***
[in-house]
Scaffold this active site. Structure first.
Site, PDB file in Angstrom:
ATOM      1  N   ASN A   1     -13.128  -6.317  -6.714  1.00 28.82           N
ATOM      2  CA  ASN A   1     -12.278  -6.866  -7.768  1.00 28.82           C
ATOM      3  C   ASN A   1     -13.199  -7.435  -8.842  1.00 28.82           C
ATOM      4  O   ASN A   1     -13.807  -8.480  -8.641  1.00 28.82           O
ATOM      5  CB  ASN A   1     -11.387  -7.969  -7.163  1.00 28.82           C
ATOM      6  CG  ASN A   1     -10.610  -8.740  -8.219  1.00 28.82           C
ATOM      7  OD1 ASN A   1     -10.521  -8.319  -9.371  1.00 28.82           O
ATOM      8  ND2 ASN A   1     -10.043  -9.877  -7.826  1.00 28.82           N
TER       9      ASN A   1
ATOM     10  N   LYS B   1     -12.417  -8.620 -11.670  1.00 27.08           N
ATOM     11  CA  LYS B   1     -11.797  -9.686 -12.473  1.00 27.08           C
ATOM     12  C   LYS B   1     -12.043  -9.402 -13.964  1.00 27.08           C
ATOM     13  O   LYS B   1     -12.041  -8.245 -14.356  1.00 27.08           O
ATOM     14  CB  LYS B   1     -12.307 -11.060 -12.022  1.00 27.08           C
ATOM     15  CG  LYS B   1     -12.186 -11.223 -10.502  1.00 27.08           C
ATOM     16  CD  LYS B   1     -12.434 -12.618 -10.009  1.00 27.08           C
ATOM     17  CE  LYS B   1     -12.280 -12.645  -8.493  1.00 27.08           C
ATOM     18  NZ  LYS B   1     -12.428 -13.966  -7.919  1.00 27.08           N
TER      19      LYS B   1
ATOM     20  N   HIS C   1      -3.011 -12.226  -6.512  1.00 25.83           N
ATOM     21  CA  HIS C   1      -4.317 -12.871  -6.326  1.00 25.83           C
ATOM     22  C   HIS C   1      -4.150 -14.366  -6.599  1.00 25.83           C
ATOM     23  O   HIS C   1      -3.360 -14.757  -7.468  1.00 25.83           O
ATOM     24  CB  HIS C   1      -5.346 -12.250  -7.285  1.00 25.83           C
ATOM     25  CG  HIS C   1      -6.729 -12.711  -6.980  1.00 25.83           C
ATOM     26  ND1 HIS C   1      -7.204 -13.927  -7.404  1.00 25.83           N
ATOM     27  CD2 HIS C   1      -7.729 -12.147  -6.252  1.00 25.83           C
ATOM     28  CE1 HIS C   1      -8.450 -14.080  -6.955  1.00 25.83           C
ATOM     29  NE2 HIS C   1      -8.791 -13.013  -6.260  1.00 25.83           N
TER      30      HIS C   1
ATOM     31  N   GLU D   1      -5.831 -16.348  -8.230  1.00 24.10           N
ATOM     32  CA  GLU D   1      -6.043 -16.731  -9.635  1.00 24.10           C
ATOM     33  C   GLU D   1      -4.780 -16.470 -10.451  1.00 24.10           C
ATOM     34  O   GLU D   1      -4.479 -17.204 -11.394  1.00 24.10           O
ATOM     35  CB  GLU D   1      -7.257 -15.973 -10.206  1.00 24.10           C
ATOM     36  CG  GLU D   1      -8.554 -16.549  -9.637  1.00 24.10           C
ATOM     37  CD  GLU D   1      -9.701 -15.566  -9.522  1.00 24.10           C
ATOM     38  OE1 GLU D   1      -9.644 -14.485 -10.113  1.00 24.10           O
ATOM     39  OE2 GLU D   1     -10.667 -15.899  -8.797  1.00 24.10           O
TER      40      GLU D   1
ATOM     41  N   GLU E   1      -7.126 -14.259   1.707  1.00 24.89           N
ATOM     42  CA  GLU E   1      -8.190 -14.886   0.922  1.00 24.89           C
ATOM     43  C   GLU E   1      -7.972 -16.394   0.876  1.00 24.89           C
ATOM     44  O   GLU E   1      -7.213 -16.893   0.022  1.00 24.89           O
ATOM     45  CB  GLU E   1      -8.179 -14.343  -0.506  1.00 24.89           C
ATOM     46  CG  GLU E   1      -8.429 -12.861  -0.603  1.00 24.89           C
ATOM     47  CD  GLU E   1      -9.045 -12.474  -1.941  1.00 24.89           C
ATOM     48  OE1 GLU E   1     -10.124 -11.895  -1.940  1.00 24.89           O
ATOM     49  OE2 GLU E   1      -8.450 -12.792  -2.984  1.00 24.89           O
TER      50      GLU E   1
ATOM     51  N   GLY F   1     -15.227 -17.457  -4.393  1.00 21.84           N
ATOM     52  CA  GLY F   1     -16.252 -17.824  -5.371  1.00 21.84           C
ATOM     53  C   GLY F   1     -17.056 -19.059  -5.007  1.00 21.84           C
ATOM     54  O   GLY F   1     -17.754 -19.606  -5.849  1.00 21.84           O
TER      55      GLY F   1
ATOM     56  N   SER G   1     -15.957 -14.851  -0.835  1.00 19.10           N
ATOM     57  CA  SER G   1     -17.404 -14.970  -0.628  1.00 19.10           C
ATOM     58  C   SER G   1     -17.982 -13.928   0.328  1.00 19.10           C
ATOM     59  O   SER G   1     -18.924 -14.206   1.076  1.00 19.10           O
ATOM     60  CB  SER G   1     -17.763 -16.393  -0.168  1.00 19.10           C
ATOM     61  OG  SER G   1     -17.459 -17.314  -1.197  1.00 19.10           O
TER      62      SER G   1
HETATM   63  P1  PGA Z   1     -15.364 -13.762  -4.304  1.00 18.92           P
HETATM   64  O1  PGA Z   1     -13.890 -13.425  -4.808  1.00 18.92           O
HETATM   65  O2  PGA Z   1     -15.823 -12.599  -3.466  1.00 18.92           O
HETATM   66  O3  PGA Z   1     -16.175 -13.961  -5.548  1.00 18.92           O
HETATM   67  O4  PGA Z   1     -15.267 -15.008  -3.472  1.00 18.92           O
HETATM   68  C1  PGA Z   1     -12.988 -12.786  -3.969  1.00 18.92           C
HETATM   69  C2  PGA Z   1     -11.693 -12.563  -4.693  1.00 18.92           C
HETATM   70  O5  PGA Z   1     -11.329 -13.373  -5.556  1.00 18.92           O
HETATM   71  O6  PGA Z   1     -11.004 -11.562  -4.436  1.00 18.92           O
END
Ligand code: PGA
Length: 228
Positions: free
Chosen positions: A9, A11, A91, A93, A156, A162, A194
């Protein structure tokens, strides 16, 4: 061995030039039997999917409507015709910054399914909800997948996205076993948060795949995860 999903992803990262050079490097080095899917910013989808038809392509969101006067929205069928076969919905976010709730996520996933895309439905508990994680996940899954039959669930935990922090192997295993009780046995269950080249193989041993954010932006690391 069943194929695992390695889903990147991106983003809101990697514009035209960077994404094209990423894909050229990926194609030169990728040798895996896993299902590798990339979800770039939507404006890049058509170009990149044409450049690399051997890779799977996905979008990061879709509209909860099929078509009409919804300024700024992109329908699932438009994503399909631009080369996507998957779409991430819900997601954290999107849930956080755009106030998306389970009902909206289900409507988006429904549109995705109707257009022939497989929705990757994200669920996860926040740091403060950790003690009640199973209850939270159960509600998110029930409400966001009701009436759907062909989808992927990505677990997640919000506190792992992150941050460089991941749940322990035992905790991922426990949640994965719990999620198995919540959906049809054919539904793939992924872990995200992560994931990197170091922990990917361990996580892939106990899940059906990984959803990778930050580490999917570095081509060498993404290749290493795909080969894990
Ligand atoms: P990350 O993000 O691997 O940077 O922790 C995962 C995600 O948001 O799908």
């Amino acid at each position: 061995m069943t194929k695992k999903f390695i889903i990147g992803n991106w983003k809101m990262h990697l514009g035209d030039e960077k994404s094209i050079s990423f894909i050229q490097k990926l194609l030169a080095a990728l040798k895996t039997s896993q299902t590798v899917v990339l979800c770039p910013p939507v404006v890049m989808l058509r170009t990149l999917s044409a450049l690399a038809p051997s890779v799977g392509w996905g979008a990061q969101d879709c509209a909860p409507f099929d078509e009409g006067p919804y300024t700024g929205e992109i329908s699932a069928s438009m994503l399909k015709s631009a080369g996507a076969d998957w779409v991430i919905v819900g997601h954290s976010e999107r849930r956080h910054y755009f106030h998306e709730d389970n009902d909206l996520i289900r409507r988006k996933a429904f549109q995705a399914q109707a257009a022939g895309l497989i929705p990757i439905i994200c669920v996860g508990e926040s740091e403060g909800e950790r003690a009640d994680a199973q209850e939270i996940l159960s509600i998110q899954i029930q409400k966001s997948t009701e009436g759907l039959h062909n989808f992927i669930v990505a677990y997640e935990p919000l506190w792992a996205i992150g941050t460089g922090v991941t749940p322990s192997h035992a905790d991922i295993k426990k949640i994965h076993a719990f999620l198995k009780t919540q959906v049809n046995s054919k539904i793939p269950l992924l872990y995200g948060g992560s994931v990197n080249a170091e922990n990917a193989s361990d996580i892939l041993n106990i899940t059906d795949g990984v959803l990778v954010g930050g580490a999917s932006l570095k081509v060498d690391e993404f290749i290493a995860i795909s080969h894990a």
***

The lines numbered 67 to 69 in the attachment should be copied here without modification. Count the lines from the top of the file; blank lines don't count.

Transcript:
HETATM   64  O1  PGA Z   1     -13.890 -13.425  -4.808  1.00 18.92           O
HETATM   65  O2  PGA Z   1     -15.823 -12.599  -3.466  1.00 18.92           O
HETATM   66  O3  PGA Z   1     -16.175 -13.961  -5.548  1.00 18.92           O